Soon enough, he thought. It was almost six a.m., and he usually left between six-thirty and seven. The day nurse wouldn't be in to relieve Greta until nine, but Dr. Hoffleitner would arrive soon with his son, who worked as a daytime orderly and whose first daily duty, much to his chagrin, was preparing breakfast. Once they showed up, the staff would outnumber the patients.
The telephone at the reception desk rang just then, and Greta set down her needlepoint to answer it. From the tiny staff office with its door open to the reception area, Carlisle listened, waiting for her to come tell him what he could already hear being said. After several moments he looked up from his reading and moved the curtain by his chair aside, staring out at the blustery darkness of a November morning... sure enough, there was a lone set of headlights in the distance, winding up the road from the harbor.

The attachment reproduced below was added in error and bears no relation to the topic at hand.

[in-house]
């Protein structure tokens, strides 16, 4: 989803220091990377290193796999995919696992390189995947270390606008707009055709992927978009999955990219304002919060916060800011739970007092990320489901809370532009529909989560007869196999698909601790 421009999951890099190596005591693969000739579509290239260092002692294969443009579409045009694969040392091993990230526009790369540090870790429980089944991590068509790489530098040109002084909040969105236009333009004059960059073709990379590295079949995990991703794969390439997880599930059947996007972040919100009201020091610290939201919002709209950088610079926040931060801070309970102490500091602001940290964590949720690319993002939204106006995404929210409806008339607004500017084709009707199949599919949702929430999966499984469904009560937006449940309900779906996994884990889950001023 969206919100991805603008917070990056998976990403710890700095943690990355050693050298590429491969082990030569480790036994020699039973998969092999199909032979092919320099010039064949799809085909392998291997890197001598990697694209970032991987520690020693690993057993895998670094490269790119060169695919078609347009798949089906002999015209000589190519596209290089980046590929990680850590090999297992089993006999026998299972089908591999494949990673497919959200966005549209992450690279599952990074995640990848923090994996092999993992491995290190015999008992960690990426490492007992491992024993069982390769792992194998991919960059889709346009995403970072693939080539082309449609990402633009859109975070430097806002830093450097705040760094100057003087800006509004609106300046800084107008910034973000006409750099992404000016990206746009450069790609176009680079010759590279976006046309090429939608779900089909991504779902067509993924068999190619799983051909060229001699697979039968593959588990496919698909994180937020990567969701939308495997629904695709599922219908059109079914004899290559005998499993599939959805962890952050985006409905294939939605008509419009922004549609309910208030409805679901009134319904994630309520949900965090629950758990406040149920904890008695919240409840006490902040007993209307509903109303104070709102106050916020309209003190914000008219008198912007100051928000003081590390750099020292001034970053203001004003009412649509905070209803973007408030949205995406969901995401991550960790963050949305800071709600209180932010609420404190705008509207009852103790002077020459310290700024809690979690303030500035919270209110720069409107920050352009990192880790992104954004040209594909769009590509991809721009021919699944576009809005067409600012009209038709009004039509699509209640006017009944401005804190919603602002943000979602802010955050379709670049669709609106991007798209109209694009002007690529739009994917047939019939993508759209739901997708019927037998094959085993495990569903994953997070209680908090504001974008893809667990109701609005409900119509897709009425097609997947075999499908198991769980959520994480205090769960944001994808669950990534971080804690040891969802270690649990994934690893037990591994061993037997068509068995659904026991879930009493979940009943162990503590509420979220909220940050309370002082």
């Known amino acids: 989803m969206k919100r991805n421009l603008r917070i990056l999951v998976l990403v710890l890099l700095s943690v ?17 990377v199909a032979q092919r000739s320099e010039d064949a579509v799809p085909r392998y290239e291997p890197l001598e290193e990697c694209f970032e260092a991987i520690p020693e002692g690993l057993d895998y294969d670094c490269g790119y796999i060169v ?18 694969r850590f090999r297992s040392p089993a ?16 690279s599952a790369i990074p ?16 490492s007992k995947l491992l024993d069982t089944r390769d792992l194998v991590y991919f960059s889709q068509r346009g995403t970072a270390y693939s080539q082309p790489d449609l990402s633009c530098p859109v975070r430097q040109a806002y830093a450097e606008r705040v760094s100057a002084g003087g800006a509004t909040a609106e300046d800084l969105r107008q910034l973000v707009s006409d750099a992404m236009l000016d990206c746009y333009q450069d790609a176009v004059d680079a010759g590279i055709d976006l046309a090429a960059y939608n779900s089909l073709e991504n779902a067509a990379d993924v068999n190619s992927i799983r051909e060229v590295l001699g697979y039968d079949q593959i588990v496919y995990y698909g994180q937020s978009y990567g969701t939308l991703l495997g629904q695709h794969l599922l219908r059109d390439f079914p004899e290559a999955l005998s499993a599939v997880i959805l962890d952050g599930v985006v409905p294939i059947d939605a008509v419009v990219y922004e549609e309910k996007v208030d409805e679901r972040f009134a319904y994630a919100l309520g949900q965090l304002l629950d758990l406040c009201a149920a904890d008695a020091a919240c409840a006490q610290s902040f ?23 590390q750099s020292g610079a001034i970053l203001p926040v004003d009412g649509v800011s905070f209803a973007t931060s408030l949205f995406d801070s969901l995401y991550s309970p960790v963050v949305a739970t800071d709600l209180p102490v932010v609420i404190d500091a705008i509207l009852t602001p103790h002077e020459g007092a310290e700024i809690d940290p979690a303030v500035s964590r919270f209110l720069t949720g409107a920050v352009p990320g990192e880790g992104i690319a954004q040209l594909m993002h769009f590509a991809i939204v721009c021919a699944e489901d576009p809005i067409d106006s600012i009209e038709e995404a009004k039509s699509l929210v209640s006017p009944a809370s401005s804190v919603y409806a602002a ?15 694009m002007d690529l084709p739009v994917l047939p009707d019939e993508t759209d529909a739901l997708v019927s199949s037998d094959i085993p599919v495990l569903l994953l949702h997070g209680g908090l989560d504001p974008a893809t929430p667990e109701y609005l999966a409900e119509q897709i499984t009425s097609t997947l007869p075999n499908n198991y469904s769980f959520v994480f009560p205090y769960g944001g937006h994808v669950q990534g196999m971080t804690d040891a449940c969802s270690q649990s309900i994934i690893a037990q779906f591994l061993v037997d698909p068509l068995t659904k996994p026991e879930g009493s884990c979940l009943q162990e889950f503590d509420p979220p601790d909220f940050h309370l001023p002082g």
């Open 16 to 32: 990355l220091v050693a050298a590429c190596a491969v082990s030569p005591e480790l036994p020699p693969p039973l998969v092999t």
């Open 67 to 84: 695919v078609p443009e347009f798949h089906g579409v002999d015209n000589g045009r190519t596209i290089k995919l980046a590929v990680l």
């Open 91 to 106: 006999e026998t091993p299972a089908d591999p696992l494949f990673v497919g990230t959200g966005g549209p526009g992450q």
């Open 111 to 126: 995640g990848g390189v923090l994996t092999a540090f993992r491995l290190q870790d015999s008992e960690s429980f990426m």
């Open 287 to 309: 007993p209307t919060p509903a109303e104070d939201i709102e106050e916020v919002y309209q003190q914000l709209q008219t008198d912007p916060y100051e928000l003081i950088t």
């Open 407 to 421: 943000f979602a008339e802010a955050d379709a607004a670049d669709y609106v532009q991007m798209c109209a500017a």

"Dr. Williamson, that was the harbormaster's office," the willowy nurse came in saying. "They wanted to let us know that Sheriff Tate is bringing in the body of a woman found on the lakeshore."
"That's probably him," he murmured.
Greta ducked down to peer out the window with him, spotting the headlights. "Should I prepare the morgue?"
"Thank you, Greta, but I'll do that. Would you mind getting the forms together?"
It wasn't as if preparing the morgue entailed much, since it was empty and had been for a few weeks. All that was involved was unlocking it, turning on the light and making sure a table and some instruments were ready. It was the only windowless room in the hospital, tucked in at the rear of the building so the deceased could be brought in and out discreetly. By the time the sheriff's paddywagon was nearing the hospital's rear entrance, the morgue was ready and open, and Carlisle was propping open the back doors in the hallway just outside it.